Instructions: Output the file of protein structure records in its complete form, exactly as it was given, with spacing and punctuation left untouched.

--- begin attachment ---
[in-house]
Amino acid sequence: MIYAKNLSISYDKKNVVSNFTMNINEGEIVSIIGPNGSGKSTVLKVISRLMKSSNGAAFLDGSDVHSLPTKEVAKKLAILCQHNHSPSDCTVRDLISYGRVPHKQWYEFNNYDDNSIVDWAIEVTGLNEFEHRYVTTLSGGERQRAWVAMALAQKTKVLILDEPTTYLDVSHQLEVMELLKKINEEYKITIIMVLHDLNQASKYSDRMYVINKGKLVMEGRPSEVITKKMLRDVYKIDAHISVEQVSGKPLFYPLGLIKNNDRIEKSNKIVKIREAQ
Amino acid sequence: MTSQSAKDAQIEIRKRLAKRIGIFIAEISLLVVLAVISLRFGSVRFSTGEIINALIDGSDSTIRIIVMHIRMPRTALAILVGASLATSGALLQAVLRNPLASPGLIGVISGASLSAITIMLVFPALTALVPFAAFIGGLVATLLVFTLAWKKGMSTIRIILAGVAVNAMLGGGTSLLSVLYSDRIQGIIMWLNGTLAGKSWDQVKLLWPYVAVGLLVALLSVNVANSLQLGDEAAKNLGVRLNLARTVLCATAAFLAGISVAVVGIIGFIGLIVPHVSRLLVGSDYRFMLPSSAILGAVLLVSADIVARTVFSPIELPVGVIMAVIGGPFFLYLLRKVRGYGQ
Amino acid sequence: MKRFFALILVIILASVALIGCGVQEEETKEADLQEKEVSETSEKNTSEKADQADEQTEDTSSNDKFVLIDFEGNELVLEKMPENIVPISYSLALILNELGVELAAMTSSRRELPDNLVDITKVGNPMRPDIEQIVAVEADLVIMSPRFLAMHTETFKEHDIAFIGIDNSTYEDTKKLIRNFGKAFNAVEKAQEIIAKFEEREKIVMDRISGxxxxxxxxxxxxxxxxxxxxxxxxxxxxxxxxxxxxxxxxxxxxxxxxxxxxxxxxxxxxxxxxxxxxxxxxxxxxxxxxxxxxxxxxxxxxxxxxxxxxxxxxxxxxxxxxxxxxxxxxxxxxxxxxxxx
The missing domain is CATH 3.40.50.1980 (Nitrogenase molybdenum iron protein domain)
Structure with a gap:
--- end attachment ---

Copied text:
[in-house]
Amino acid sequence: MIYAKNLSISYDKKNVVSNFTMNINEGEIVSIIGPNGSGKSTVLKVISRLMKSSNGAAFLDGSDVHSLPTKEVAKKLAILCQHNHSPSDCTVRDLISYGRVPHKQWYEFNNYDDNSIVDWAIEVTGLNEFEHRYVTTLSGGERQRAWVAMALAQKTKVLILDEPTTYLDVSHQLEVMELLKKINEEYKITIIMVLHDLNQASKYSDRMYVINKGKLVMEGRPSEVITKKMLRDVYKIDAHISVEQVSGKPLFYPLGLIKNNDRIEKSNKIVKIREAQ
Amino acid sequence: MTSQSAKDAQIEIRKRLAKRIGIFIAEISLLVVLAVISLRFGSVRFSTGEIINALIDGSDSTIRIIVMHIRMPRTALAILVGASLATSGALLQAVLRNPLASPGLIGVISGASLSAITIMLVFPALTALVPFAAFIGGLVATLLVFTLAWKKGMSTIRIILAGVAVNAMLGGGTSLLSVLYSDRIQGIIMWLNGTLAGKSWDQVKLLWPYVAVGLLVALLSVNVANSLQLGDEAAKNLGVRLNLARTVLCATAAFLAGISVAVVGIIGFIGLIVPHVSRLLVGSDYRFMLPSSAILGAVLLVSADIVARTVFSPIELPVGVIMAVIGGPFFLYLLRKVRGYGQ
Amino acid sequence: MKRFFALILVIILASVALIGCGVQEEETKEADLQEKEVSETSEKNTSEKADQADEQTEDTSSNDKFVLIDFEGNELVLEKMPENIVPISYSLALILNELGVELAAMTSSRRELPDNLVDITKVGNPMRPDIEQIVAVEADLVIMSPRFLAMHTETFKEHDIAFIGIDNSTYEDTKKLIRNFGKAFNAVEKAQEIIAKFEEREKIVMDRISGxxxxxxxxxxxxxxxxxxxxxxxxxxxxxxxxxxxxxxxxxxxxxxxxxxxxxxxxxxxxxxxxxxxxxxxxxxxxxxxxxxxxxxxxxxxxxxxxxxxxxxxxxxxxxxxxxxxxxxxxxxxxxxxxxxx
The missing domain is CATH 3.40.50.1980 (Nitrogenase molybdenum iron protein domain)
Structure with a gap: